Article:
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Nip This Behavior In Bud, Or Else

Seemingly small behavior problems can become big if you ignore them, so parents should intervene early to turn the behaviors around, according to the editors of Parents magazine.

In The Early Show's "Perfect Parenting" segment, the magazine's senior editor, Debra Skolnik, outlines six such behaviors for co-anchor Hannah Storm, and suggests ways to deal with them.

The behaviors may seem innocuous but, if left unchecked over time, can result in your child growing defiant, rude, and uncontrollable. Skolnik says correcting bad behavior now will result in a better-adjusted young adult. And that's the key here: children aren't young adults, but quickly will be, so parents need to change bad behavior now to avoid trouble.

PROBLEM: INTERRUPTING WHEN YOU'RE TALKING

Why You Shouldn't Ignore It:

  • Allowing her to butt into your conversations doesn't teach her to be considerate of others or occupy herself when you're busy.
  • It also makes your child feel she's entitled to other people's attention, and she won't be able to tolerate frustration.

    How To Stop It:

  • The next time you're on the phone, tell your child she needs to be quiet and not to interrupt you.
  • Settle her into an activity or let her play with a special toy you keep tucked away.

    PROBLEM: PLAYING TOO ROUGH

    Why You Shouldn't Ignore It:

  • If you don't intervene, rough behavior can become a habit by age 8.
  • It sends a message that hurting others is acceptable.

    How To Stop It:

  • You need to confront your child about aggressive behavior on the spot.
  • Let him know any action that hurts another person is not allowed.
  • Before his next playdate, help him practice what he can say if he gets angry.
  • If he does it again, end the playdate.

    You must put a stop to hitting early on; if it continues, it could become harder to deal with as your child gets older and bigger.

    PROBLEM: PRETENDING NOT TO HEAR YOU

    Why You Shouldn't Ignore It:

  • It sends the message that it's OK to disregard you, especially if you've told your child three times to pick up his toys.
  • Reminding your child again and again simply trains him to just wait for the next reminder.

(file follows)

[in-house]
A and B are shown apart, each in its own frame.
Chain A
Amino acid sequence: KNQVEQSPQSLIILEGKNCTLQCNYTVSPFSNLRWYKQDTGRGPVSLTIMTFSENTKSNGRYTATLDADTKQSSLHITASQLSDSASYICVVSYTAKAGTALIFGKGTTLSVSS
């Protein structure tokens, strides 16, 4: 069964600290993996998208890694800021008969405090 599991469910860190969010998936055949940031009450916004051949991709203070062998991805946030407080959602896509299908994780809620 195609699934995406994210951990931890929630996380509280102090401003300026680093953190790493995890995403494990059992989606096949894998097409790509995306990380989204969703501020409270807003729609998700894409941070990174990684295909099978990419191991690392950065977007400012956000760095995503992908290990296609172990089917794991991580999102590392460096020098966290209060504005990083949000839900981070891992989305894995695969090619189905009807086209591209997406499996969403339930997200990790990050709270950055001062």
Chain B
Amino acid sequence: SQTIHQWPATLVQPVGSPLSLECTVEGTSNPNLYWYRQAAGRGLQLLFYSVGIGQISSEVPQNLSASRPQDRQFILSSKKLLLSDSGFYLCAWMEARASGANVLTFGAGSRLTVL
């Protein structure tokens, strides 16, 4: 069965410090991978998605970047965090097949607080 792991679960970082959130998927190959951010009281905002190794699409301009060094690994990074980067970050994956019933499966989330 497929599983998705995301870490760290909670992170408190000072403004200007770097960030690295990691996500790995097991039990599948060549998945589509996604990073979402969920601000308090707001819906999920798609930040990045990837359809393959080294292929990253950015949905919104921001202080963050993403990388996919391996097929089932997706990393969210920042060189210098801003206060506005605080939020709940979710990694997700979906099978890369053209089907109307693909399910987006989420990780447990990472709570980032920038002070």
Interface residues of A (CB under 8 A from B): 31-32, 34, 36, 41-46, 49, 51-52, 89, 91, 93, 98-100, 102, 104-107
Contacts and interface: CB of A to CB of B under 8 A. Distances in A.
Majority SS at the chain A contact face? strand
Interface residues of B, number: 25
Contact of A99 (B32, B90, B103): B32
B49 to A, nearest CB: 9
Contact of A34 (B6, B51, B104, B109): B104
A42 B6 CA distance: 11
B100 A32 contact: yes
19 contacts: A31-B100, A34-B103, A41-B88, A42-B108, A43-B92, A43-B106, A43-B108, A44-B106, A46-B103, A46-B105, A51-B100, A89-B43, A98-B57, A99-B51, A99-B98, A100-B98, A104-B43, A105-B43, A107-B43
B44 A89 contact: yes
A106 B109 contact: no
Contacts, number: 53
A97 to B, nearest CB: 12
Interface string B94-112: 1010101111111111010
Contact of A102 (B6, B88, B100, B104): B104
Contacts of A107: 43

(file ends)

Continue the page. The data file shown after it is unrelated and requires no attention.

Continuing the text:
• Tuning you out is a power play, and if you allow this behavior to continue, your child is likely to become defiant and controlling.

    How To Stop It:

  • Instead of talking to your child from across the room, walk over and have him look at you when you're speaking and respond by saying, "OK, Mommy."
  • Turn off the TV or impose a consequence if he doesn't budge.

    PROBLEM: HELPING HERSELF TO A TREAT

    Why You Shouldn't Ignore It:

  • Letting her have control of activities that you should regulate doesn't teach her that she has to follow rules.

    How To Stop It:

  • Establish a small number of house rules and talk about them often. For example: "You have to ask if you want a cookie, because that's the rule."

    PROBLEM: HAVING A LITTLE ATTITUDE

    Why You Shouldn't Ignore It:

  • Sassy behavior often starts when preschoolers mimic older kids to test their parents' reaction, so don't think sassy behavior kicks in when your child become a preteen.
  • If you don't confront it, you may find yourself with a disrespectful third-grader who has a hard time making friends or getting along with teachers.

    How To Stop It:

  • Make your child aware of her behavior.
  • If the behavior continues, refuse to interact and walk away ("My ears don't hear you when you speak to me that way. When you're ready to talk nicely, I'll listen.")

    PROBLEM: EXAGGERATING THE TRUTH

    Why You Shouldn't Ignore It:

  • Lying can become automatic if your child learns that it's an easy way to make himself look better, avoid something he doesn't want to do, or prevent getting in trouble for something he's already done.

    How To Stop It:

  • Look at his motivation for lying, and make sure he doesn't achieve his goal.
  • Tell him the story of "The Boy Who Cried Wolf": Storytelling helps kids view the problem from the outside in.
  • You must call your child on even white lies, or he or she will bend the truth to get out of sticky situations every time. Lying can quickly escalate from, "I made my bed!" to dangerous, "I didn't drink at Tim's party"-type fibs. You should give your child a chance to tell the truth even when you suspect your child is lying. Make sure, though, to ask lots of questions, so your child knows it'll be harder to trust her when she doesn't fess up.